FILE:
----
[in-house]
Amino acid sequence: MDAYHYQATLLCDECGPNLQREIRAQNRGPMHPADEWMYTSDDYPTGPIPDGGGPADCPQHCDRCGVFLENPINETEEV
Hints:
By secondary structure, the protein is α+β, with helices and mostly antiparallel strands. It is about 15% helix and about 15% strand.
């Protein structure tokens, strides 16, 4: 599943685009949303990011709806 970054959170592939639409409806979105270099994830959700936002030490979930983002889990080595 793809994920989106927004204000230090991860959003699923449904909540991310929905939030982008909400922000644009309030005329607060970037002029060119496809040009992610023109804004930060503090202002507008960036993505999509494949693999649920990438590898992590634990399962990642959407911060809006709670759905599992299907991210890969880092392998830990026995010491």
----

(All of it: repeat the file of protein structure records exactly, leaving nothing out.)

[in-house]
Amino acid sequence: MDAYHYQATLLCDECGPNLQREIRAQNRGPMHPADEWMYTSDDYPTGPIPDGGGPADCPQHCDRCGVFLENPINETEEV
Hints:
By secondary structure, the protein is α+β, with helices and mostly antiparallel strands. It is about 15% helix and about 15% strand.
């Protein structure tokens, strides 16, 4: 599943685009949303990011709806 970054959170592939639409409806979105270099994830959700936002030490979930983002889990080595 793809994920989106927004204000230090991860959003699923449904909540991310929905939030982008909400922000644009309030005329607060970037002029060119496809040009992610023109804004930060503090202002507008960036993505999509494949693999649920990438590898992590634990399962990642959407911060809006709670759905599992299907991210890969880092392998830990026995010491």